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Movie Review: Wonder Woman 1984

  As superhero sequels go, Wonder Woman 1984 is pretty epic, but it’s not without its flaws. Diana Prince (Gal Gadot) lives quietly among mortals in the vibrant, sleek 1980s ‑‑ an era of excess driven by the pursuit of having it all. Though she's come into her full powers, she maintains a low profile by curating ancient artifacts and only performing heroic acts incognito. But soon, Diana will have to muster all of her strength, wisdom, and courage as she finds herself squaring off against Maxwell Lord (Pedro Pascal) and the Cheetah (Kristen Wigg), a villainess who possesses superhuman strength and agility. Now, I’m not the only one who has been waiting for this movie. I loved the first Wonder Woman film, not just because Gal Gadot was breathtaking in the title role but by its brilliant execution (which the DCEU was clearly lacking) and that was enough to get me excited for the sequel. And now that I’ve finally gotten to watch it, thanks to HBO Max, I’m so happy. With a runtime of

The Circle Review

In a world that is constantly concerned about their personal privacy and connectivity, films and television series love to explore that tug-of-war game between the two. With shows like Person of Interest and Mr. Robot, they show us the danger that technology can lead too, especially in the wrong hands. The Circle, now playing in theaters, is an effective film with its extreme message and incredible cast performances is sure to be a real eye-opener.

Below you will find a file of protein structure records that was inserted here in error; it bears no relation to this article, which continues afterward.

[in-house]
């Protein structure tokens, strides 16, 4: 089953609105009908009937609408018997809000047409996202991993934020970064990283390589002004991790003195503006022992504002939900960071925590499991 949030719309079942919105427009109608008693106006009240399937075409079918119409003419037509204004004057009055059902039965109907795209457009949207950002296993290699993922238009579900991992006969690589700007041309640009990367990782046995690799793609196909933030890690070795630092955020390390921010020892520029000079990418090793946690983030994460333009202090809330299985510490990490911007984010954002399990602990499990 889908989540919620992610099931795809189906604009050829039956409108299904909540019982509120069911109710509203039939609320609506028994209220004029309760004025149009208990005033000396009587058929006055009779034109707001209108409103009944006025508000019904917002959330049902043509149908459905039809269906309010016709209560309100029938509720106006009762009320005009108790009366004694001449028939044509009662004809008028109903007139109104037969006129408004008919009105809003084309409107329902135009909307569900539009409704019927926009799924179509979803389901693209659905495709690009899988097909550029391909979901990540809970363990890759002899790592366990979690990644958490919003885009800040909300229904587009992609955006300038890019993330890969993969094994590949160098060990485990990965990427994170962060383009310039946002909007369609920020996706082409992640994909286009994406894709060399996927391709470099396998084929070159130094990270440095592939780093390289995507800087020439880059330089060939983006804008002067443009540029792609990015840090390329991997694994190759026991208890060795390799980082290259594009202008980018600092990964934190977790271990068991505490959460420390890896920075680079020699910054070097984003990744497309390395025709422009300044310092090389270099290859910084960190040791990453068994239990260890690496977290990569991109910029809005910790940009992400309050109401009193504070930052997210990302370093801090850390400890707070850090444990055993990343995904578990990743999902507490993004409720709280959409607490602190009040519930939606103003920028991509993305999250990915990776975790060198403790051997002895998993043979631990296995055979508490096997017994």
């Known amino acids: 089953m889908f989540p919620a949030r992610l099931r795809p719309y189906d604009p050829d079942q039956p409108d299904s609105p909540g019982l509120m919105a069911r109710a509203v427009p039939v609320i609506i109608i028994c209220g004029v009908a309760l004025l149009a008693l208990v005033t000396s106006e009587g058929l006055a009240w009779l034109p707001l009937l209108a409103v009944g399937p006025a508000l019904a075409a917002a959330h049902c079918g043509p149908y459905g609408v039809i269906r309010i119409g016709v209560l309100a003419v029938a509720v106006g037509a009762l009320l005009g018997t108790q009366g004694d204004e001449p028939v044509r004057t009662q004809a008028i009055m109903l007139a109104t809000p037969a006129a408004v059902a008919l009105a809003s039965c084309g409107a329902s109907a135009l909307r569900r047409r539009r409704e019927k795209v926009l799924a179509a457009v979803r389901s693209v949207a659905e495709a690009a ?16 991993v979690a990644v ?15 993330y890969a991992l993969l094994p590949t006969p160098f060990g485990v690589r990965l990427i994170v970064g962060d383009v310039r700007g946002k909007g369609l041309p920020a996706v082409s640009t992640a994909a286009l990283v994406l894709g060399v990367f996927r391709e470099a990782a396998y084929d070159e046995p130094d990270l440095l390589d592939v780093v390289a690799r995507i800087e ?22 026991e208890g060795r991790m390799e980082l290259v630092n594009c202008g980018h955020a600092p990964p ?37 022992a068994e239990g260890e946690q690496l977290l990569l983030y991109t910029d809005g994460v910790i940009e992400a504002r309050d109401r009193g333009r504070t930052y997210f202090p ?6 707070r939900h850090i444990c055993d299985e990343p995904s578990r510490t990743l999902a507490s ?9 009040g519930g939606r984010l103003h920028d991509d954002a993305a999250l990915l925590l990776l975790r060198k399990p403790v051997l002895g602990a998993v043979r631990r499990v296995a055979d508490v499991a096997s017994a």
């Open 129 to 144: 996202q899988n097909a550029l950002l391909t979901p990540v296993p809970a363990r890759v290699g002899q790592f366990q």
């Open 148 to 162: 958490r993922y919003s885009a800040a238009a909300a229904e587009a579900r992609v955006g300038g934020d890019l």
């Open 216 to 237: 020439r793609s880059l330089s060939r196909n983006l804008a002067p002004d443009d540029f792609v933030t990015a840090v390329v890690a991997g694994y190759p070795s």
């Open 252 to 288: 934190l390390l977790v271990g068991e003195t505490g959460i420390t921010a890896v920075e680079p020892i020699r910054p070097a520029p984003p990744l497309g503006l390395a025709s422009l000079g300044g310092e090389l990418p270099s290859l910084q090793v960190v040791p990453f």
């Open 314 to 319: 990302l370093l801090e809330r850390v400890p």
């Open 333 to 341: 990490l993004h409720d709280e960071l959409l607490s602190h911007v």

Adapted from Dave Eggers’ 2013 novel The Circle stars Emma Watson (Beauty and the Beast) as a major tech company’s new employee. The company has raised the bar of social networking to a whole new level, surpassing Facebook or Google. The company, called The Circle, is led by its charming founder Eamon Balley, played by the incredible Tom Hanks, and Tom Stenton (Patton Oswalt) his business partner. Emma Watson’s character Mae Holland quickly climbs the corporate ladder after she goes viral when she uses the company’s cool-looking tech and she is pushed into limelight.

As the film progresses, Mae’s intention to go above and beyond and commit to the company’s vision of an always-on and always-connected world comes with risks.

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